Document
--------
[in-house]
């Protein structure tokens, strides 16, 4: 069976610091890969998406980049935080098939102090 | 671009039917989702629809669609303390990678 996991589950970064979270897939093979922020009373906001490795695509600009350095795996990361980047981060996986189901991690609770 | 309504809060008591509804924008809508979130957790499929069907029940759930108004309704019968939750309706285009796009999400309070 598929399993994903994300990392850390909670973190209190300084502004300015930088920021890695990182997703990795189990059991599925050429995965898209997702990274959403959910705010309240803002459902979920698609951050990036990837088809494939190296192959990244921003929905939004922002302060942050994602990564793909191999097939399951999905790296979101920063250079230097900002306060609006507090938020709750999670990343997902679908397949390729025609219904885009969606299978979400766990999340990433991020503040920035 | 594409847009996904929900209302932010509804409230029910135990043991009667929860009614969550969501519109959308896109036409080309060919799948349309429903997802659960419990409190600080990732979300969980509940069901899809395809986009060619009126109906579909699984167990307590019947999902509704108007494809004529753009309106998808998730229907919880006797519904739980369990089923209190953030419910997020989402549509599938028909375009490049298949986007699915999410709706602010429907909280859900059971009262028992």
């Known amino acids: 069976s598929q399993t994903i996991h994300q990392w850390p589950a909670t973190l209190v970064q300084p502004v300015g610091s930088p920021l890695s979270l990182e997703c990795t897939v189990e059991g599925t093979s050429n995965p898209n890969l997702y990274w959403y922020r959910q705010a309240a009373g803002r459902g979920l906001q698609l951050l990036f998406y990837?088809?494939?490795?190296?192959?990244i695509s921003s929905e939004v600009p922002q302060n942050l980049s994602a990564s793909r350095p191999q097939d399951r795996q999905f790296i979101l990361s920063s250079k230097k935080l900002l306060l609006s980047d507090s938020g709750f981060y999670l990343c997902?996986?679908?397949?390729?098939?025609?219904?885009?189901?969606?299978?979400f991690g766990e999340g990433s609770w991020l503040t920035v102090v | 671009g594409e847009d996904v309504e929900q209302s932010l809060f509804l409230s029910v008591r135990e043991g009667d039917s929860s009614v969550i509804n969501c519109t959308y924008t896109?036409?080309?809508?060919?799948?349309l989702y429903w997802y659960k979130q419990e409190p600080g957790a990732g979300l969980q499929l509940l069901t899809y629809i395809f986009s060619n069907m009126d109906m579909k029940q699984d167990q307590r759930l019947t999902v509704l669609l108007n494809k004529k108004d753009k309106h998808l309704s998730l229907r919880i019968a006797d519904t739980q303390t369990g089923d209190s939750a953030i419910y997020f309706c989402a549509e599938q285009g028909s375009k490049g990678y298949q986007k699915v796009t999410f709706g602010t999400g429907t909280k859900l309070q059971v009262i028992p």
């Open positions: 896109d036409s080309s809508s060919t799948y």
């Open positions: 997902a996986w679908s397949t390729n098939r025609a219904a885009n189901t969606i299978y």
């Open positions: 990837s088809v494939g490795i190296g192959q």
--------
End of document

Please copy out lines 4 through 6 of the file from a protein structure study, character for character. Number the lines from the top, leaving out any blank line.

């Open positions: 896109d036409s080309s809508s060919t799948y």
């Open positions: 997902a996986w679908s397949t390729n098939r025609a219904a885009n189901t969606i299978y």
């Open positions: 990837s088809v494939g490795i190296g192959q």